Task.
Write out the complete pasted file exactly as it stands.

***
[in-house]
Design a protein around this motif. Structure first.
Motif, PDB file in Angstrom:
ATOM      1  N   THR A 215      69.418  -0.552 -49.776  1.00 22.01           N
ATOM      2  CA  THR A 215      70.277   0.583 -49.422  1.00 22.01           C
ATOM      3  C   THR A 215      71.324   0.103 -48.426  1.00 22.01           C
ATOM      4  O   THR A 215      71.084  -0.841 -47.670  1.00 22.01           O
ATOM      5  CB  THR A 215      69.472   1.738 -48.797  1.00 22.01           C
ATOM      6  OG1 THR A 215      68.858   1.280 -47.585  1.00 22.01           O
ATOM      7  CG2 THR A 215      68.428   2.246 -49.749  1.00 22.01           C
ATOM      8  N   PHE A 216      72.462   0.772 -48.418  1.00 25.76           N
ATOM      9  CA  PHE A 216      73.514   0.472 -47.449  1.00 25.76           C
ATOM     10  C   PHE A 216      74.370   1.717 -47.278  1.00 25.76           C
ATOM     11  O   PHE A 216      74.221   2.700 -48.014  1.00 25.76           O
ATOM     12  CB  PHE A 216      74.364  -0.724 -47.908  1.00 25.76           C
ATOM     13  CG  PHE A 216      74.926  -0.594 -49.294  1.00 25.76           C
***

[in-house]
Design a protein around this motif. Structure first.
Motif, PDB file in Angstrom:
ATOM      1  N   THR A 215      69.418  -0.552 -49.776  1.00 22.01           N
ATOM      2  CA  THR A 215      70.277   0.583 -49.422  1.00 22.01           C
ATOM      3  C   THR A 215      71.324   0.103 -48.426  1.00 22.01           C
ATOM      4  O   THR A 215      71.084  -0.841 -47.670  1.00 22.01           O
ATOM      5  CB  THR A 215      69.472   1.738 -48.797  1.00 22.01           C
ATOM      6  OG1 THR A 215      68.858   1.280 -47.585  1.00 22.01           O
ATOM      7  CG2 THR A 215      68.428   2.246 -49.749  1.00 22.01           C
ATOM      8  N   PHE A 216      72.462   0.772 -48.418  1.00 25.76           N
ATOM      9  CA  PHE A 216      73.514   0.472 -47.449  1.00 25.76           C
ATOM     10  C   PHE A 216      74.370   1.717 -47.278  1.00 25.76           C
ATOM     11  O   PHE A 216      74.221   2.700 -48.014  1.00 25.76           O
ATOM     12  CB  PHE A 216      74.364  -0.724 -47.908  1.00 25.76           C
ATOM     13  CG  PHE A 216      74.926  -0.594 -49.294  1.00 25.76           C